Asher Guitars WD Music Products Amplified Parts Mod Kits DIY Nordstarnd Pickups Warmoth.com
Asher Guitars WD Music Products Amplified Parts Mod Kits DIY Nordstarnd Pickups Warmoth.com
Asher Guitars WD Music Products Amplified Parts Mod Kits DIY Nordstarnd Pickups Warmoth.com

I think Fender Neck Angles are Slightly off, anyone else notice this??

Discussion in 'Tele-Technical' started by Yamariv, Sep 23, 2017.

  1. TimTam

    TimTam Tele-Meister

    157
    Jun 4, 2010
    Melbourne
    I've seen a shim used to tilt the neck up slightly (not down like most shims) that made this problem quite a bit better, as long as the bridge had room to also bring the strings down to keep the action playable. Without it all the strings buzz from about the 5th fret up unless the action is set too high. Basically it makes the ski jump 'up-slope' flatter, ie closer to parallel with the body. Can be combined with putting in some fret fall-away. If the alternative is a re-fret or new neck then it can be a 'last ditch' option.
     

  2. Nick Fanis

    Nick Fanis Friend of Leo's Ad Free Member

    Mar 3, 2003
    Athens-GREECE
    +1000

    the op thinks he has reinvented the wheel but he definitely hasn't ;)
     
    Tootone likes this.

  3. Asmith

    Asmith Friend of Leo's Ad Free Member

    Age:
    21
    Nov 27, 2014
    Morley, England
    Why are people going on about the neck and body angle difference? Here's my exaggerated diagram,

    img008.jpg


    On both diagrams cover up the body. What do you have left? A neck, nut, saddle and string. Do they look any different other than one has been rotated? No, they're the same and you apply that to any neck shape you want even if it's a ski jump or twisted at the end of the day the strings that form a straight line are fixed to one point on the neck at the nut and the saddles then adjust the angle made between the neck and string. The shape and orientation of that body can be whatever, it's there for the player to have something to hold onto and make some kind of rigid connection between the bridge and the neck and plays no part in playability other than it's ergonomics.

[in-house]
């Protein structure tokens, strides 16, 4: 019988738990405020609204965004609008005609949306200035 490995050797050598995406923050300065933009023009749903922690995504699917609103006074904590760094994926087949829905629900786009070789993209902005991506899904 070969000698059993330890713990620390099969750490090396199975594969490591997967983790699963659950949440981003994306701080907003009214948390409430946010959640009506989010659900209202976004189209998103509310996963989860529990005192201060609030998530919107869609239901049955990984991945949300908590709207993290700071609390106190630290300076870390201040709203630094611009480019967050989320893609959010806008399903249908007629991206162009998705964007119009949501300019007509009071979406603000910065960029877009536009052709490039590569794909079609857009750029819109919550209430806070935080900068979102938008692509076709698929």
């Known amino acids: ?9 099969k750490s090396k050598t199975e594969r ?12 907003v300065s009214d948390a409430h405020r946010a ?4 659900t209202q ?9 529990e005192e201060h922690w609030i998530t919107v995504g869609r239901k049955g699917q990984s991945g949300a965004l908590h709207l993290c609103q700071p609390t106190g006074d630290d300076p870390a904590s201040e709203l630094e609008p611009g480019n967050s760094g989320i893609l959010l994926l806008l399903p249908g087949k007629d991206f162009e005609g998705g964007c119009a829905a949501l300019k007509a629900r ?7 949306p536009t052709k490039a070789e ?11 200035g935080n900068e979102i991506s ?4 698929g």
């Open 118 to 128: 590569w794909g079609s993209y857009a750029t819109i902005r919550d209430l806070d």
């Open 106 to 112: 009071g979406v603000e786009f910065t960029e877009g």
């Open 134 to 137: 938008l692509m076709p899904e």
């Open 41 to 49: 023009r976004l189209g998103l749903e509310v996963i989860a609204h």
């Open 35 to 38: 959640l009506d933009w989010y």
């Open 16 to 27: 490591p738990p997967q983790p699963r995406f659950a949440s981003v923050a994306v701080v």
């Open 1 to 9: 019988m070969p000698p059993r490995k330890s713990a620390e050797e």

A shim is something that is designed to correct a sloppy neck and neck pocket joint so that the bridge can be used to find the optimum string height which is posible as long as the strings can be raised from unusably low to unusably high.
     

  4. TimTam

    TimTam Tele-Meister

    157
    Jun 4, 2010
    Melbourne
    If you mean where I was talking about making the ski slope "flatter" ('closer to parallel with the body'), well a slope by definition has to be described in relation to something, otherwise it's not a slope. ;)
     

  5. Asmith

    Asmith Friend of Leo's Ad Free Member

    Age:
    21
    Nov 27, 2014
    Morley, England
    The slope is in relation to the neck, if you take the neck off the body the problem still exists that the neck is warped, it doesn't magically go away because you don't have a body to compare it to.
     

  6. TimTam

    TimTam Tele-Meister

    157
    Jun 4, 2010
    Melbourne
    So a slope (that could be anywhere on the neck) is "in relation to" where on the neck ? Pick any point on the neck. That could be the flat part, or it could be the part with the upslope or the downslope. Without an external reference to relate it to you're somewhat in the dark.
     

  7. Asmith

    Asmith Friend of Leo's Ad Free Member

    Age:
    21
    Nov 27, 2014
    Morley, England
    Bingo! Any part of the neck, choose the heel surface the headstock straighten out the nexk perfectly straight using the truss rod, all of these surfaces should be parallel with the direction that points from the nut to the heel. As I said if a neck is warped on a body it's still warped off the body and sticking a shim under the heel doesn't fix it.
     

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